While examination of potential autonomous vehicle liability has heightened in recent years, questions remain as to how to attribute fault in an incident involving self-driving vehicles. Two recent incidents involving autonomous vehicles raise questions among insurers and manufacturers.
In January 2018, a driver whose blood alcohol level was twice the legal limit claimed his Tesla was on autopilot mode when police found him sleeping in the stopped car on the San Francisco Bay Bridge. No one was injured, and Tesla has not confirmed whether the car was in fact on autopilot mode when authorities found the man.
A spokesperson for the U.S. National Transportation Safety Board told the New York Times in a statement, “Autopilot requires full driver engagement at all times.” It remains to be seen how quickly the level of human driver engagement will change with time, but many anticipate driver control will significantly decrease as autonomous technology develops. Any change in human driver engagement will affect how liability is attributed in future incidents.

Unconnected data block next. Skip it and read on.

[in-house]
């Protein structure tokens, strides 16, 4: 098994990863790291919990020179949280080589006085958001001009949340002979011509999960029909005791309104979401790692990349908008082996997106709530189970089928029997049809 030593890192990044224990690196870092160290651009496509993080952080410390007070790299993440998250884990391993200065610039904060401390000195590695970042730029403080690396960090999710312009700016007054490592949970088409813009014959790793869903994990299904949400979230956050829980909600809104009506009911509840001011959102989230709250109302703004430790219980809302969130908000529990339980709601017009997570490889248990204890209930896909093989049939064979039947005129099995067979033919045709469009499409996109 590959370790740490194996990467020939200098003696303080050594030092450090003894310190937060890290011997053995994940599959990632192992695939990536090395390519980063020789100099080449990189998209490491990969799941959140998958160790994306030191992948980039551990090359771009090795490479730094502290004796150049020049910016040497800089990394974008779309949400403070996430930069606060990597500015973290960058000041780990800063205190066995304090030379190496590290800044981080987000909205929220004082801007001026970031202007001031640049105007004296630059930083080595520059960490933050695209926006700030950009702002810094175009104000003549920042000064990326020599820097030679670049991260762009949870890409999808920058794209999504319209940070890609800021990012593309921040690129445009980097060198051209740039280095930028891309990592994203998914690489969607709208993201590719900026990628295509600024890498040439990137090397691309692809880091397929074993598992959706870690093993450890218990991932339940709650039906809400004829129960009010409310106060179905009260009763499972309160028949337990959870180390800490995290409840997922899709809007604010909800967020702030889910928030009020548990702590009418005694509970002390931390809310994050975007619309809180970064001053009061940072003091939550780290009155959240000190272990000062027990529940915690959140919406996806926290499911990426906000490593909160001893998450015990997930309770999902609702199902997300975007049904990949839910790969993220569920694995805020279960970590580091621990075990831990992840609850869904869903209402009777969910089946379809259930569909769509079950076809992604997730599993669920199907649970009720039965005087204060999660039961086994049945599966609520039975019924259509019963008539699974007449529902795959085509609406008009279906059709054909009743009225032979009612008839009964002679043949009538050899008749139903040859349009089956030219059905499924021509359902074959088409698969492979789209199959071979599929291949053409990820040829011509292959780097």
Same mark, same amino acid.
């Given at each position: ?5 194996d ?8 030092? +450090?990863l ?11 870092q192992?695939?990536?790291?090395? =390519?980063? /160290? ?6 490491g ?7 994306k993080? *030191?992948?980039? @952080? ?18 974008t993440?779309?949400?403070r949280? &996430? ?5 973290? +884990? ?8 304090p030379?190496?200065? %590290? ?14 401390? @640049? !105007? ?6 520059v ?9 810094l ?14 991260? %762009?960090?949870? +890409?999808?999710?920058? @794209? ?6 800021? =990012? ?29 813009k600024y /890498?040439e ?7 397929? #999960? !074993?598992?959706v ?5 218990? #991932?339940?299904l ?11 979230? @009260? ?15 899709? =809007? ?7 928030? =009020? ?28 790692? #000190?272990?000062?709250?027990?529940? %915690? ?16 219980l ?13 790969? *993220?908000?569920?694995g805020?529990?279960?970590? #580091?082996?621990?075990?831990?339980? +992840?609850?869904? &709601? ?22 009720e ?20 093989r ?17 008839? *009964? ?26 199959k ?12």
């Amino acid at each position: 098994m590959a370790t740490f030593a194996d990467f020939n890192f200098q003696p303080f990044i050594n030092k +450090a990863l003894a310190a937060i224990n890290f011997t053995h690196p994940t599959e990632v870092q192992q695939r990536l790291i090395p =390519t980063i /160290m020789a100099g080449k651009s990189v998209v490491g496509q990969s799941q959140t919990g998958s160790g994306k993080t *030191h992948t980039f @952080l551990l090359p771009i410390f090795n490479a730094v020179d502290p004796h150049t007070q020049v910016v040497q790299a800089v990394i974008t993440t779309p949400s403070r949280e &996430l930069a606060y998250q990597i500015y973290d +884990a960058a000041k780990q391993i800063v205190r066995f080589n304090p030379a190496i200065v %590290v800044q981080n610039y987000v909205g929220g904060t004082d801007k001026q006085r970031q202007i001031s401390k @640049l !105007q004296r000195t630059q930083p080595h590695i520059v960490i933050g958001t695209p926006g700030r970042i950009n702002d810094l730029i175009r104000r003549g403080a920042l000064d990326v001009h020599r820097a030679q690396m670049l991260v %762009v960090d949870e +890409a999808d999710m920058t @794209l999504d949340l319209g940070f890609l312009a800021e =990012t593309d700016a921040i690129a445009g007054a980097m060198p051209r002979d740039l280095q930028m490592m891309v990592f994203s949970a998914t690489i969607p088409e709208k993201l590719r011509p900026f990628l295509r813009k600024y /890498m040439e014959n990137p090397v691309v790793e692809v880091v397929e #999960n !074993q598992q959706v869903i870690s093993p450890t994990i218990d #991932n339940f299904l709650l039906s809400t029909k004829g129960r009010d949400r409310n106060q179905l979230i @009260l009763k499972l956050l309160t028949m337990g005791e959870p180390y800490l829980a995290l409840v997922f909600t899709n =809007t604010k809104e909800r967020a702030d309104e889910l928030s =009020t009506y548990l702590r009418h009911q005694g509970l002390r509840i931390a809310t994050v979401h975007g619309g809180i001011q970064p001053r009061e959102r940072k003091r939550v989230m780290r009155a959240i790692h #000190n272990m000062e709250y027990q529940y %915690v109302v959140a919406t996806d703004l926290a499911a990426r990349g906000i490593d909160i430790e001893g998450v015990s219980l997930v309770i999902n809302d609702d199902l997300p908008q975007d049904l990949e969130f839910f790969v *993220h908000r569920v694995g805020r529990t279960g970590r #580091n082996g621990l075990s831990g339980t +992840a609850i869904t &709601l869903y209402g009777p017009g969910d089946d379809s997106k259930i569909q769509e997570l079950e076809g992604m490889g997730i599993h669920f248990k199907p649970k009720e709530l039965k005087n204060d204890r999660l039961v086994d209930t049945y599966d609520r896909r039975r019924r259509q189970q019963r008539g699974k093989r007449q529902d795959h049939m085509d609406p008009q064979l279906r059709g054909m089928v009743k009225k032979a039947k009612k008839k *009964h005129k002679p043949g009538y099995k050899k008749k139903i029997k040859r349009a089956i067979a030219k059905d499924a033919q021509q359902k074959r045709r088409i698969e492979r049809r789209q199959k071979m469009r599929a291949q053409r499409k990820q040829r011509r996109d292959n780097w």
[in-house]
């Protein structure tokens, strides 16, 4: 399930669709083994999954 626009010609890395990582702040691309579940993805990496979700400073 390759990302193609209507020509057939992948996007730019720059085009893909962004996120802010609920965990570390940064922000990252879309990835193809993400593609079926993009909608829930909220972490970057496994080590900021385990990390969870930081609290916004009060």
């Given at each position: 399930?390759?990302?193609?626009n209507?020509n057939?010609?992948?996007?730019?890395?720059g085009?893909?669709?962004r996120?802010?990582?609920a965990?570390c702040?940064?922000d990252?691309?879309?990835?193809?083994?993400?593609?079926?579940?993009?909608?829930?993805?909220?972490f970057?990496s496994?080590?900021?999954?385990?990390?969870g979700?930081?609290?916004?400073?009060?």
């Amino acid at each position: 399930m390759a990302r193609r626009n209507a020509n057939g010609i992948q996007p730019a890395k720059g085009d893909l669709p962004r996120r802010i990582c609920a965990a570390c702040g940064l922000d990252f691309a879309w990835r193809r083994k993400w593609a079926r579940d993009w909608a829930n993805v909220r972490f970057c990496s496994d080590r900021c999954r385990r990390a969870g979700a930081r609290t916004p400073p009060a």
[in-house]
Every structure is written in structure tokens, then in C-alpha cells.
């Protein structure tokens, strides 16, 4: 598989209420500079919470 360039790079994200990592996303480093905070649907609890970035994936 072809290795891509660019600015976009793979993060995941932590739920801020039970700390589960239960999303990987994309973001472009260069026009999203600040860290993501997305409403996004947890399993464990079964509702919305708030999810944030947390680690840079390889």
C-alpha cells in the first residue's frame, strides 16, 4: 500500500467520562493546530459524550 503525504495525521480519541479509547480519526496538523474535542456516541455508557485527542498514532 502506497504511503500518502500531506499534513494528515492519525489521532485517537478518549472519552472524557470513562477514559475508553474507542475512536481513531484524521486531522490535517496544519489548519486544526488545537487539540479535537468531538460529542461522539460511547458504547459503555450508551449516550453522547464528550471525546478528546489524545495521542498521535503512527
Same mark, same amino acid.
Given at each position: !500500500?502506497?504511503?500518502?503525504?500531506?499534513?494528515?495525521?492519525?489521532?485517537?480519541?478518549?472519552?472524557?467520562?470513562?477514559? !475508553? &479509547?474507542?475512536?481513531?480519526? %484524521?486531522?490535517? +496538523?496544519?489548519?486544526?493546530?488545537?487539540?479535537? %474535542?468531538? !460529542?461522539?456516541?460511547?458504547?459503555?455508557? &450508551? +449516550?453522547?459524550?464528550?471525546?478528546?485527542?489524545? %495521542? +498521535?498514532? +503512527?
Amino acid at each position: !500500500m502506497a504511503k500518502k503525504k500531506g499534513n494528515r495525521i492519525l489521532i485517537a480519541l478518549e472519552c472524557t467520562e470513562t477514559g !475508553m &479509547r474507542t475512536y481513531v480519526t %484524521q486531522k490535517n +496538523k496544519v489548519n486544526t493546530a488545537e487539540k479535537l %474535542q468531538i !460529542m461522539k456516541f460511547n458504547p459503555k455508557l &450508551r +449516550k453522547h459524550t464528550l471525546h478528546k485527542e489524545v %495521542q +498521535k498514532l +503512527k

In an earlier incident in San Francisco, a motorcyclist injured in a collision involving a self-driving car filed the first personal injury lawsuit involving an autonomous vehicle. Plaintiff, traveling on a motorcycle at about 17mph, attempted to pass a 2016 Chevrolet Bolt traveling in self-driving mode at about 12mph. The self-driving vehicle began to switch lanes, but abandoned its merge when the minivan in front of it slowed down. While the car was re-centering itself, the motorcyclist attempted to enter the lane the vehicle had initially tried to vacate. Plaintiff collided with the side of the self-driving vehicle.
Plaintiff brought the complaint against General Motors, the manufacturer of the vehicle. While the vehicle was occupied by an individual in the driver’s seat, it was in self-driving mode at the time of the incident.
Plaintiff claims General Motors breached a duty of care it owed in having its autonomous vehicle obey traffic laws and regulations, alleging the vehicle drove in a negligent manner and claiming plaintiff’s injuries to be the result of such negligence. Notably, plaintiff is not advancing a products liability claim against General Motors and has not sued the human operator. Plaintiff claims he sustained injuries to his neck and shoulder in this accident, which requires lengthy treatment and has forced him to take disability leave from work.
Personal injury lawsuits are sure to become more frequent with the rise in everyday use of autonomous vehicles. The dawn of autonomous vehicles brings forth a well-anticipated challenge for insurers. Tyson & Mendes’ Autonomous Vehicles practice group understands the liability challenges these types of suits present to insurers and manufacturers, and is prepared to defend these cases as they become more commonplace.